There are already enough challenges in trying to create those performances… juggling what the artists, management, network wants… and then to also have additional obstacles because of Covid… it’s like “Aaaahh!”

Q: Tell me about the audition process for PIPPIN.
PIPPIN is a brilliant show! I have worked with the team at Gordon Frost Organisation (GFO) on over four productions and they asked me to come on board as the resident choreographer. It’s a nice fit, having just done a Fosse show with CHICAGO and then doing something that’s still in that vein with PIPPIN. I’ve been liaising with the American creative and they sent me a bunch of references and videos for the show. I had to learn about ten different numbers and then teach them throughout the audition process.

The GFO team (producers) did an incredible job of facilitating auditions with Covid restrictions. We had everyone arriving outside, they’d line up on their crosses, get their temperature checked, hands sanitised, check in, then they’d walk into a waiting room where they all had their own individual chair and there was no mingling. It was quite the odd experience. Also, the traffic in the building was one-way only, so you could walk into the audition space one way. I tried to make it as enjoyable as I could, by playing music as they entered, and doing a warm-up before we’d even get into the audition choreography.

I really was trying to make it a fun experience because, for most people, there was a lot riding on this audition. People have been out of work and everyone’s gunning to get a gig. And also because of the fact that people have been dancing in their living rooms for months! There was so much nervous energy that I tried to make the experience more like a workshop class than an audition. By the time we finished everyone was having a ball.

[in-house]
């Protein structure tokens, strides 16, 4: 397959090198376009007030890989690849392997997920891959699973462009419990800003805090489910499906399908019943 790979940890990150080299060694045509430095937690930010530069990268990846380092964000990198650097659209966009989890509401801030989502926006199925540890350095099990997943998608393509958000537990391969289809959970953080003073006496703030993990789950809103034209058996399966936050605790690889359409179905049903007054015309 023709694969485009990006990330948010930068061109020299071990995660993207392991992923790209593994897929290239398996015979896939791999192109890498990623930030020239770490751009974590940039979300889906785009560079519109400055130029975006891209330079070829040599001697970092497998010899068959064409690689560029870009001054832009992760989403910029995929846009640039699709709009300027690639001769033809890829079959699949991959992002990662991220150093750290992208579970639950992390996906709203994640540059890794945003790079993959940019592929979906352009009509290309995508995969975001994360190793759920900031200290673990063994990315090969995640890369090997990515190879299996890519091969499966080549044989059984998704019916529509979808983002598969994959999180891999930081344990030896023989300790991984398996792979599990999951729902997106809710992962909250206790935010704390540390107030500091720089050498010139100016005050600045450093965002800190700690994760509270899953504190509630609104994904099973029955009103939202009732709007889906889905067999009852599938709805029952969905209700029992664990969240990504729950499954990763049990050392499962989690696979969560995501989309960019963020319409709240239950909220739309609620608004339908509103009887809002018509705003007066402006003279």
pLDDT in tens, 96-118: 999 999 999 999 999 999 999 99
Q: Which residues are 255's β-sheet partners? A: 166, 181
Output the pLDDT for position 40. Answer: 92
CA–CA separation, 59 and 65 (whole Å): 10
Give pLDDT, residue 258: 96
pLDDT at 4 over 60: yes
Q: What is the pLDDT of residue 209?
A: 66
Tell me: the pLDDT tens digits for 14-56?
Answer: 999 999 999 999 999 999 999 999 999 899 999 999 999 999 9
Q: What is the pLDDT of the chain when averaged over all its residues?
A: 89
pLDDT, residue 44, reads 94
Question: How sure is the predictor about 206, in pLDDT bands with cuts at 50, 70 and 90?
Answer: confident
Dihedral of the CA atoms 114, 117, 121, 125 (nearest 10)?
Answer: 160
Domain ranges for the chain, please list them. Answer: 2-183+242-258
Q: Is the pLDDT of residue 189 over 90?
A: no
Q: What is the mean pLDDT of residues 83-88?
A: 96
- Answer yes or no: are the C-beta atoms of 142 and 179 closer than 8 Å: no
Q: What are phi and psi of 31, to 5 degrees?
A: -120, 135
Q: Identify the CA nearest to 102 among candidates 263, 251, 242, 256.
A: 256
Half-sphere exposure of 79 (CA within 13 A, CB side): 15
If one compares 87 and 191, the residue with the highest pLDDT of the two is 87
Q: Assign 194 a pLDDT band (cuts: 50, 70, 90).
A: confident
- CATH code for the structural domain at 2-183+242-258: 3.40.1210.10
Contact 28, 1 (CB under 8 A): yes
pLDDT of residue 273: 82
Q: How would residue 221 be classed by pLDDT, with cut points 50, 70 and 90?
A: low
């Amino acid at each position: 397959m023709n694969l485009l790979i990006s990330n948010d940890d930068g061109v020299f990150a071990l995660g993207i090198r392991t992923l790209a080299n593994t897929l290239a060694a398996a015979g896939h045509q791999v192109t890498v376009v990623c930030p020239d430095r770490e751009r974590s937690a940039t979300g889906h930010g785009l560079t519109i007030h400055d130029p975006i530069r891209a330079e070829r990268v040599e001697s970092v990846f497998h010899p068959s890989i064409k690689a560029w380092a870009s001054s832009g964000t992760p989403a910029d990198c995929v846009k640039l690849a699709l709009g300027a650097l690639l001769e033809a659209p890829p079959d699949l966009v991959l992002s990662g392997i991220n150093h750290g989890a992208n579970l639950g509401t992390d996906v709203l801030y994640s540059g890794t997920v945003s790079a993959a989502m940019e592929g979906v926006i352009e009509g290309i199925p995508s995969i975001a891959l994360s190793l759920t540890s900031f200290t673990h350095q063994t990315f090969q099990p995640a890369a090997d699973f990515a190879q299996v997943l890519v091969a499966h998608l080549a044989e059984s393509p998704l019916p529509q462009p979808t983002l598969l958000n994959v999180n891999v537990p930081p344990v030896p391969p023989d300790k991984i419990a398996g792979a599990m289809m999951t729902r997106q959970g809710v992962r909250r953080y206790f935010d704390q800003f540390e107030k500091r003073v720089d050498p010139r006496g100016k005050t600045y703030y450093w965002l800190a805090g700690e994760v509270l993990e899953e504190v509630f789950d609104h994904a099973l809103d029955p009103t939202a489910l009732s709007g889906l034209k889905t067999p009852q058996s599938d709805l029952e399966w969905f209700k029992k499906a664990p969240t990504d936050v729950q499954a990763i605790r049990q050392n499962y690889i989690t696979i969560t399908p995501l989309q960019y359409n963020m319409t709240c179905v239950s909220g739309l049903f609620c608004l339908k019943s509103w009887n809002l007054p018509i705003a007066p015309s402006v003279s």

It was also exciting for me as I got to audition some amazing female dancers for one of the principal roles … people who have had incredible careers and I have idolised for years. And there I was in a room with 15 of them, going, “Oh my Gosh, I’m teaching them!” So, it was a surreal moment for me that day.

It’s been a huge risk for the producers to steam roll ahead with PIPPIN considering the uncertainty of Covid. But it’s selling and we’re doing it!

I think it’s amazing that we even had people in the room and auditioning. It was such a hard audition process because we were so limited in the numbers that we could have in each dance call. Instead of teaching a combination five times, I was teaching it12 times. Those initial dance rounds were super taxing, but it was so great to see so many people show up and audition.

Read the PIPPIN Cast announcement here.

Q: How is the process going now for the PIPPIN cast?
The rehearsal process has been like no other show I have worked on. For starters, we are rehearsing at the theatre both on stage and also in the rehearsal room which comes with so many advantages, but also makes it that little trickier when you’re performing out to an empty house and not working with mirrors all day. The show is extremely demanding and is pushing the performers out of their comfort zones every day. Pippin, played by the multi-talented Ainsley Melham, has to learn to backflip, the Chinese pole, hand-to-hand acro, aerial work, play guitar and air drums on top of all of the singing, dancing and scene work. Every single cast member is learning new skills and it’s amazing to see everyone work together and support each other. When we hit the stage it is going to be amazing!

Q: What else are you doing? Are you doing any teaching?
I hadn’t taught for a long time due to my schedule, so it’s been nice to get back into the studio. Everyone is so eager to train and get into the studio at the moment, and I think it’s been a really nice reset for so many people. They’re thinking about what they need to work on and aren’t distracted by all the other things. I think this year has taken everyone back to working on technique. For so long a lot of people have neglected their technique and were fixated on training in commercial and hip hop styles. I have really noticed a shift and am really excited to see so many people training in multiple styles and going to class to work and improve.